Do you enjoy reading letters, emails, texts, or other people’s diary entries? Then epistolary novels are for you. Plainly explained, an epistolary novel is a story told through correspondence. Written in a series of epistles, meaning missives or journal entries, the reader gets an intimate view of the characters’ innermost thoughts and experiences as the story unfolds. As a reader, you cannot help but connect with these characters and think of them as acquaintances by the novel’s end.
Are you new to epistolary novels and don’t know what to choose? I recommend three of my all-time favorites: The Guernsey Literary and Potato Peel Pie Society, Sleeping Giants, and Griffin and Sabine. The former is a heart-warming, post-war story of friendship, love, and resilience. The middle is a science fiction-mystery-thriller featuring extraterrestrial robot warriors. The latter is filled with exquisite illustrations, and you get to physically open some of the letters which are contained in envelopes between the pages.
Have you ever wondered what it would be like to live a day in someone else’s shoes? Give Gabi, a Girl in Pieces, the chronicles of a young Mexican-American teenage girl trying to survive her final year of high school, or Letters from Black America, a nonfiction narrative history of African Americans told through their own letters, a read-through. Looking for a little LGBTQIA+ inspiration? Try The Perks of Being a Wallflower or Empty Without You: the Intimate Letters of Eleanor Roosevelt and Lorena Hickok.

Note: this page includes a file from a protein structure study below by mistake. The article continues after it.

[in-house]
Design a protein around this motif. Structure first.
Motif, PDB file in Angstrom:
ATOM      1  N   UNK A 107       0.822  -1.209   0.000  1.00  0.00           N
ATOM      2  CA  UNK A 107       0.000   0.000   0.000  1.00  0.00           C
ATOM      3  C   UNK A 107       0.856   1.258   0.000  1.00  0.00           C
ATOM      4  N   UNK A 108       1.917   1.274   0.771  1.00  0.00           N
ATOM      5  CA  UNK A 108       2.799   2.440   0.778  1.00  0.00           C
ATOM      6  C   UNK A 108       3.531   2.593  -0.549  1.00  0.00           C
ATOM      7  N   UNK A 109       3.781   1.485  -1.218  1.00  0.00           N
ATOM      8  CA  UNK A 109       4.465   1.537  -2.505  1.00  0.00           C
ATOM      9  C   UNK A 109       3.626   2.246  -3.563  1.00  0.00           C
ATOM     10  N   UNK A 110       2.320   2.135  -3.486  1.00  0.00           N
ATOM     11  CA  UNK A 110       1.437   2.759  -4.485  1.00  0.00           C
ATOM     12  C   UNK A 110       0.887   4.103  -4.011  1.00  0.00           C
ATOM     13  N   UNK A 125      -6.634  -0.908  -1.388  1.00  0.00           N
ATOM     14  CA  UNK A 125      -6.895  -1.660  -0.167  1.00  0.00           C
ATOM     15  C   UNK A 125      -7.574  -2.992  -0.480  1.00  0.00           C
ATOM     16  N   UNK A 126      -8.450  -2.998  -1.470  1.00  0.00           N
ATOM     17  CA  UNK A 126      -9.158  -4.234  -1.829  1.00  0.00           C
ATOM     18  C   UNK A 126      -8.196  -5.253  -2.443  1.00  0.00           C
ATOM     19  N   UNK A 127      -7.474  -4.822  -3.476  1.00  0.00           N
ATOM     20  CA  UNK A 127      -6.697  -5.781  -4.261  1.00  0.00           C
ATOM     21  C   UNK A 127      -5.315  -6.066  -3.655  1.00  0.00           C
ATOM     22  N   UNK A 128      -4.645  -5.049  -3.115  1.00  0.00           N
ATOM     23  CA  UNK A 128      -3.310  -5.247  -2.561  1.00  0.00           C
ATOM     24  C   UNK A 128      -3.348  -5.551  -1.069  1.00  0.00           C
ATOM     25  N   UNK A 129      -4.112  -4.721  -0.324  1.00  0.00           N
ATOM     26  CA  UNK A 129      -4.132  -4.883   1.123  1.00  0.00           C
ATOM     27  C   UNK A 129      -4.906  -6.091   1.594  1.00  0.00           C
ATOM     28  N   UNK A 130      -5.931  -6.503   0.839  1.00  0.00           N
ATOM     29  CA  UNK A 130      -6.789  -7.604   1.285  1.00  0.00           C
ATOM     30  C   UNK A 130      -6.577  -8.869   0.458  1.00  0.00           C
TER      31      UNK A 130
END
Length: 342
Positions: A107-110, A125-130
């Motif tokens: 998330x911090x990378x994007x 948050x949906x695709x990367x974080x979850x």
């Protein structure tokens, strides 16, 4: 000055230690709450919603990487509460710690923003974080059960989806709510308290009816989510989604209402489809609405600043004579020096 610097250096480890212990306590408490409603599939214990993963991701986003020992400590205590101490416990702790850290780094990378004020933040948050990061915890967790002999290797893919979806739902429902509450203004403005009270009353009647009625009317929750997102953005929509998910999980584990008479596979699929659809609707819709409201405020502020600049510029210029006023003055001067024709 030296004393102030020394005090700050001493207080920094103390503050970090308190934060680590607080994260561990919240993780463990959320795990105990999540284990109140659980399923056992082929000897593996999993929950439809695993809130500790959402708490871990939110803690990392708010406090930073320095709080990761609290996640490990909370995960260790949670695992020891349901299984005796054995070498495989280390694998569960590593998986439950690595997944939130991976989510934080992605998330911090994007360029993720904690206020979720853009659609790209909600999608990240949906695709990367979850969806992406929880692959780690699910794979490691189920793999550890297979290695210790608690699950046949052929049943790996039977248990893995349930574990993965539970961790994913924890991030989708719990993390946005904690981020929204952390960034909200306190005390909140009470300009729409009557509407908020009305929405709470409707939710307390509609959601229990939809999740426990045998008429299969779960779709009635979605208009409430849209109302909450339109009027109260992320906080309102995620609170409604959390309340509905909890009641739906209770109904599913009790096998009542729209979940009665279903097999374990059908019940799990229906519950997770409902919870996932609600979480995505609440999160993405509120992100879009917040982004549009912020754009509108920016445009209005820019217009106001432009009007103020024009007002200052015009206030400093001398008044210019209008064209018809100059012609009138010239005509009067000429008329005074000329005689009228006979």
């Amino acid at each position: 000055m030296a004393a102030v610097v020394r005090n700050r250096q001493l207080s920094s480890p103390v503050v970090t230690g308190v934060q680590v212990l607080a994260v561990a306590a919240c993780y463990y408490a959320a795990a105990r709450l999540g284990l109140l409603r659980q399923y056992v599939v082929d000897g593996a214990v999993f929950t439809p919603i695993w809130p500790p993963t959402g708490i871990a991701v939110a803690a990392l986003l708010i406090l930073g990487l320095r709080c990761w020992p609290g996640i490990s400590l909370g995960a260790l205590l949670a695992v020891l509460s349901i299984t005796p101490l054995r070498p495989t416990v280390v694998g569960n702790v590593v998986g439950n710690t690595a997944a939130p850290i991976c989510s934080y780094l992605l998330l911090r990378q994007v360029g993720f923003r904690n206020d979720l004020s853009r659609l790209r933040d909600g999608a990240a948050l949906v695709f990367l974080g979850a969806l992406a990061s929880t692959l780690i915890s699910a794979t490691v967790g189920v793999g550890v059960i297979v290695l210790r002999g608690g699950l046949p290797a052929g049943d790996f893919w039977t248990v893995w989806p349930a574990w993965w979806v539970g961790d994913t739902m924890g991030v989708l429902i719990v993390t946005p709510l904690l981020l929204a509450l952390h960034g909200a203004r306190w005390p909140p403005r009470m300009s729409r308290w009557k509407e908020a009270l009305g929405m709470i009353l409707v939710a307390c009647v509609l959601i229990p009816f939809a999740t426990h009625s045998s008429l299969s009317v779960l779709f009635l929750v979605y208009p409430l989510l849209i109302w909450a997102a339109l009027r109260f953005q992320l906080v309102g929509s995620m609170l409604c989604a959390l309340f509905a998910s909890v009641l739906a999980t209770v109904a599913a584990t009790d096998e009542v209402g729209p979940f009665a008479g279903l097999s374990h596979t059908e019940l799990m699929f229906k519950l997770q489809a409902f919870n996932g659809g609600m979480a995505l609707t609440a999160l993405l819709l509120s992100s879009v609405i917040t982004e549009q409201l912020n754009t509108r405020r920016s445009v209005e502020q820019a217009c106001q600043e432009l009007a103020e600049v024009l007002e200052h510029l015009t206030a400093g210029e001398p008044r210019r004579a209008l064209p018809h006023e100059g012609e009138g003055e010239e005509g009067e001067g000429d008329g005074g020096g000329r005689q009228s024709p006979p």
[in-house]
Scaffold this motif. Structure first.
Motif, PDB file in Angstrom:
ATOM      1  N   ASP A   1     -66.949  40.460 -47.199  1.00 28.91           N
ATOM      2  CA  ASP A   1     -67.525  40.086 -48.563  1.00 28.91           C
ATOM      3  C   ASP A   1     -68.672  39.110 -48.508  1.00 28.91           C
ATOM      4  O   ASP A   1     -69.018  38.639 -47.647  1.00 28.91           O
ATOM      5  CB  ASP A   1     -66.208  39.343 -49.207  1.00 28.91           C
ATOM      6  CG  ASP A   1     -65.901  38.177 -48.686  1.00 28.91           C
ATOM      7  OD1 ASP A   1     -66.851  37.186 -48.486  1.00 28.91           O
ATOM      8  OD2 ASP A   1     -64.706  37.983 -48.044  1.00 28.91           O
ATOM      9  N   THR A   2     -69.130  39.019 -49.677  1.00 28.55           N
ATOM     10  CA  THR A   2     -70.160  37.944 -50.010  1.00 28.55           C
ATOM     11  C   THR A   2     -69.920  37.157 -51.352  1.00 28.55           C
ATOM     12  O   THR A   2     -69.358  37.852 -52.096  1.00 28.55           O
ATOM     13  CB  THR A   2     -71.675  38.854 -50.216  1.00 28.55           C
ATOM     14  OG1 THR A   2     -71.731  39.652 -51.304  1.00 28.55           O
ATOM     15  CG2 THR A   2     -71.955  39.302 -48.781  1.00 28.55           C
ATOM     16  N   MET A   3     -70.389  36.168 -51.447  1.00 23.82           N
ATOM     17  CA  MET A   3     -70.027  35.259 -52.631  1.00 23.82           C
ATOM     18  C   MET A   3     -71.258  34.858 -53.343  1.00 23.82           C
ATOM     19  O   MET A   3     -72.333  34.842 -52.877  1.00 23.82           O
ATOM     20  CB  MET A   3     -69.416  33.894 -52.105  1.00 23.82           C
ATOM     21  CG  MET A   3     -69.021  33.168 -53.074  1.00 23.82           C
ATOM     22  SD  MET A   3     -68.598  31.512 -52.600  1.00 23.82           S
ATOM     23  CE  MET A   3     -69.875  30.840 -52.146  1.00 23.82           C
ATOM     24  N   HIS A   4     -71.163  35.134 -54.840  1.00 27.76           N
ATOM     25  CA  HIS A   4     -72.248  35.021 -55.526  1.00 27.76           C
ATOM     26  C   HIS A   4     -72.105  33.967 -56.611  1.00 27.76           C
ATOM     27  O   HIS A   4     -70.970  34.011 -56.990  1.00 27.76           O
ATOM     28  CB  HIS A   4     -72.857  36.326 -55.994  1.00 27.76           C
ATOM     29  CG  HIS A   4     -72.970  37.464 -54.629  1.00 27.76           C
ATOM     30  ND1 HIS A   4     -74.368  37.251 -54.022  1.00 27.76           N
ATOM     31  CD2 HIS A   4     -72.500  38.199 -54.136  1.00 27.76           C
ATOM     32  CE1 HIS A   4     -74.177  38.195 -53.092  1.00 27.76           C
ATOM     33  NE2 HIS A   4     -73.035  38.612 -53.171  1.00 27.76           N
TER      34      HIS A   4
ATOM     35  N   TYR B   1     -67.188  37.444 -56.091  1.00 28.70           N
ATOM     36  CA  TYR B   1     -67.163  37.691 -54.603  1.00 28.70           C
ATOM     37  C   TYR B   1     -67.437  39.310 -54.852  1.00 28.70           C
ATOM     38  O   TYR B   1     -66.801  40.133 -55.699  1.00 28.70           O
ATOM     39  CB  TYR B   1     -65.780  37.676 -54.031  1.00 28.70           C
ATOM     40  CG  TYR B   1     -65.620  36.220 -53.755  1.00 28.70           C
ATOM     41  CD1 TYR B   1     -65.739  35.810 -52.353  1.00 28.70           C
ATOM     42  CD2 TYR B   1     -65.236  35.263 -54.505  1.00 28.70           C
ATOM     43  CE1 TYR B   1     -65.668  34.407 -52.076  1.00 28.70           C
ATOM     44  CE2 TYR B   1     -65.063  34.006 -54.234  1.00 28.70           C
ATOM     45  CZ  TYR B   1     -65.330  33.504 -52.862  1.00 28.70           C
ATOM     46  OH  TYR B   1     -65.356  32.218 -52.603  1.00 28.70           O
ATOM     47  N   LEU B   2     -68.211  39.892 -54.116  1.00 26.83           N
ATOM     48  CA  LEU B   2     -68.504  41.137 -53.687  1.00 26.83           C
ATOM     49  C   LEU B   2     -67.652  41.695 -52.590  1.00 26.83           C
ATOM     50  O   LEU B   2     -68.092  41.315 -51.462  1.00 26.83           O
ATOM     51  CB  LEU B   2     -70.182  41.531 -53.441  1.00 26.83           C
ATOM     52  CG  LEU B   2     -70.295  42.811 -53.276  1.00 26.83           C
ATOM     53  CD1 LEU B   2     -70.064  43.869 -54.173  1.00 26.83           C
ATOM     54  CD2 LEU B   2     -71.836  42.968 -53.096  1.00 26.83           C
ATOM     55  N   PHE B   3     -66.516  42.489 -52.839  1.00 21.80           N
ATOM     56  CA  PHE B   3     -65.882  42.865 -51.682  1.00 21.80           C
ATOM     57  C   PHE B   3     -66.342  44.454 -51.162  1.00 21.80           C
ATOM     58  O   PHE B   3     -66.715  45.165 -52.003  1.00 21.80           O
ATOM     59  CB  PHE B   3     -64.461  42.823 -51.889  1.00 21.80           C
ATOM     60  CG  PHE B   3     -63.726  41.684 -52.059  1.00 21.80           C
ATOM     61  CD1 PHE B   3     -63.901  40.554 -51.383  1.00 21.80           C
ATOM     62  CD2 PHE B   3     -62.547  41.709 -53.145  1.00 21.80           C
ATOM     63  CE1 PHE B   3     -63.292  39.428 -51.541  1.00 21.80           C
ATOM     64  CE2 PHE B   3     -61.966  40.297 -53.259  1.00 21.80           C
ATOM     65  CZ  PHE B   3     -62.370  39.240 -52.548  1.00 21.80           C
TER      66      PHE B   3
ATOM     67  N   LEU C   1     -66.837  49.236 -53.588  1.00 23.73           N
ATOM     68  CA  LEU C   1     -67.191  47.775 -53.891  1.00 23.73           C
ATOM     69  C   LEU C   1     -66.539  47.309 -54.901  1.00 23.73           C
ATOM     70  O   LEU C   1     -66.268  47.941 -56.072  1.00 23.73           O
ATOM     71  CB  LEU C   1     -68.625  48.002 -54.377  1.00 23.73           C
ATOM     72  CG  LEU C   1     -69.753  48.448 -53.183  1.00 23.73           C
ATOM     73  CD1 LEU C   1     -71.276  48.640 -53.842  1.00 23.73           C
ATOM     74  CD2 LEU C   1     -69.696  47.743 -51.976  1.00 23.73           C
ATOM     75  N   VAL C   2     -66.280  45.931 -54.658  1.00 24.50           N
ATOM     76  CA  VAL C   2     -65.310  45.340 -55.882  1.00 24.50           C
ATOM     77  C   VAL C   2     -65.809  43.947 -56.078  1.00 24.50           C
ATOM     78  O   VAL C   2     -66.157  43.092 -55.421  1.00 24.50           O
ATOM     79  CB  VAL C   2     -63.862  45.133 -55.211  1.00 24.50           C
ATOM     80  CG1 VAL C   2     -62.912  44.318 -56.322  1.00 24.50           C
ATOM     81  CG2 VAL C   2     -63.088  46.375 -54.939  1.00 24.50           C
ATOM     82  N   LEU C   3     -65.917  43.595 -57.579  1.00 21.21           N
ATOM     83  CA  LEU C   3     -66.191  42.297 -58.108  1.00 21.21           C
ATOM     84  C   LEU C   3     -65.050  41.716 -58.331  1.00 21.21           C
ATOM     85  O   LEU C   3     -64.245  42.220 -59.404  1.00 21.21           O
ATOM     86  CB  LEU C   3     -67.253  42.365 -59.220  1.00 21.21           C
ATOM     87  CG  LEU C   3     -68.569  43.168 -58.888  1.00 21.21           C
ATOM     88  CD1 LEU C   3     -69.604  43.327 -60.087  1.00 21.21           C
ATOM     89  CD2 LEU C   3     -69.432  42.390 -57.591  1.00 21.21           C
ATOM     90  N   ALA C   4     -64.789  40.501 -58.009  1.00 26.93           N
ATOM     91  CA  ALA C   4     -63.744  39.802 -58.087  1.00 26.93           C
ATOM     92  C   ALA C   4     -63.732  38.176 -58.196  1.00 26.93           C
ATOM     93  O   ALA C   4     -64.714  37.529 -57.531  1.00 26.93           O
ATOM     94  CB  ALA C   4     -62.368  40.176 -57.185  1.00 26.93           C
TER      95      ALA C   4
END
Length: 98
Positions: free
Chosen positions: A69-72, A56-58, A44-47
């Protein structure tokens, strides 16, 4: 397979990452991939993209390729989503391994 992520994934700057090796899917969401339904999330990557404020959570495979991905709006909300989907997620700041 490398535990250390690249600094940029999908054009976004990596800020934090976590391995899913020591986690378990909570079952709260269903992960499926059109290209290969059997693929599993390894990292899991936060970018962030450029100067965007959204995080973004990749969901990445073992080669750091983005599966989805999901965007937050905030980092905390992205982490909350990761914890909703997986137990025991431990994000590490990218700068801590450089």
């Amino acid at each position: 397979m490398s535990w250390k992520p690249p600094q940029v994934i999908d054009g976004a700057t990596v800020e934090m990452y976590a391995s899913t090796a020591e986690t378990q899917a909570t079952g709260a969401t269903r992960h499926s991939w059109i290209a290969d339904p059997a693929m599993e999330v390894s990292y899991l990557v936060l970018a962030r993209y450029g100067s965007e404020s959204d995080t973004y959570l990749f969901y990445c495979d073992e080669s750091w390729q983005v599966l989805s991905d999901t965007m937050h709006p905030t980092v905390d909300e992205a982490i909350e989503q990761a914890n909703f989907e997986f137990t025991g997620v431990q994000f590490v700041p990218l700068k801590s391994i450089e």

Maybe you crave a good heartbreaking but empowering tale like Code Name Verity, the story of two friends caught in the snares of WWII espionage, or Speak, the recount of a teen’s high school struggles post-rape, or The Power, the speculative discussion between two authors on what might have happened when females became the physically dominant gender.
If humor is what you’d prefer, check out The Screwtape Letters, a satire on human foibles discussed through missives passed between a bureaucrat from Hell and his incompetent apprentice; or consider Angus, Thongs and Full-frontal Snogging, a Bridget Jones’-style tell-all journal of a year in the life of a British teen.
Fancy something a little more scandalous? Try the French epistolary novel Les Liaisons Dangereuses. You might be familiar with the films it inspired: Dangerous Liaisons and Cruel Intentions. Of course, there is also The Diary of Anaïs Nin. Yes, THAT Anaïs Nin.
Whatever satisfies your prying inclinations, there is an epistolary novel calling your name, so don’t fight it. Indulge and enjoy it guilt-free. After all, it was written for you, reader.
For more titles, inspiration, and Bookish Bingo camaraderie, take a peek at the Mead’s Bookish Bingo Challenges group on Goodreads, and don’t forget to mark your 2021 Mead Bookish Bingo Challenges card!